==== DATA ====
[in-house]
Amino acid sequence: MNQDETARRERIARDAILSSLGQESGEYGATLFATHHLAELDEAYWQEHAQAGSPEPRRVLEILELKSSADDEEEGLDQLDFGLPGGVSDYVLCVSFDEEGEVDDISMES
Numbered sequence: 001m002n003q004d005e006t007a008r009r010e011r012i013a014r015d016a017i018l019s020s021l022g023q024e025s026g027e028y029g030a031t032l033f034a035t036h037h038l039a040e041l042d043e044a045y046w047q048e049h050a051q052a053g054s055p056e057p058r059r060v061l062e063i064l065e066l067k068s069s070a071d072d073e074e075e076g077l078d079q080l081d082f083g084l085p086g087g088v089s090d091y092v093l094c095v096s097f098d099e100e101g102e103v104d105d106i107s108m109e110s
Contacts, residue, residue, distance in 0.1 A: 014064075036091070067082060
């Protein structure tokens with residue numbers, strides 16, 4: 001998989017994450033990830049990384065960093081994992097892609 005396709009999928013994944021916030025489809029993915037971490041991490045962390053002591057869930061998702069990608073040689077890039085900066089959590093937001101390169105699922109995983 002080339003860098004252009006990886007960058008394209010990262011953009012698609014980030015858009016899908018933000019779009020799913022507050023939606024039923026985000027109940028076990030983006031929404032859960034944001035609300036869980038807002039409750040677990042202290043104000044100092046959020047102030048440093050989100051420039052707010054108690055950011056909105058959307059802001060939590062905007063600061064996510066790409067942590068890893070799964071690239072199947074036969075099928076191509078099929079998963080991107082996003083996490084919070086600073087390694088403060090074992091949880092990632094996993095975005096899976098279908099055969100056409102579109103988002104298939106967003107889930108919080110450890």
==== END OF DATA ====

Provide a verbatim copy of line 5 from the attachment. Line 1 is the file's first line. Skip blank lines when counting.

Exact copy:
């Protein structure tokens with residue numbers, strides 16, 4: 001998989017994450033990830049990384065960093081994992097892609 005396709009999928013994944021916030025489809029993915037971490041991490045962390053002591057869930061998702069990608073040689077890039085900066089959590093937001101390169105699922109995983 002080339003860098004252009006990886007960058008394209010990262011953009012698609014980030015858009016899908018933000019779009020799913022507050023939606024039923026985000027109940028076990030983006031929404032859960034944001035609300036869980038807002039409750040677990042202290043104000044100092046959020047102030048440093050989100051420039052707010054108690055950011056909105058959307059802001060939590062905007063600061064996510066790409067942590068890893070799964071690239072199947074036969075099928076191509078099929079998963080991107082996003083996490084919070086600073087390694088403060090074992091949880092990632094996993095975005096899976098279908099055969100056409102579109103988002104298939106967003107889930108919080110450890």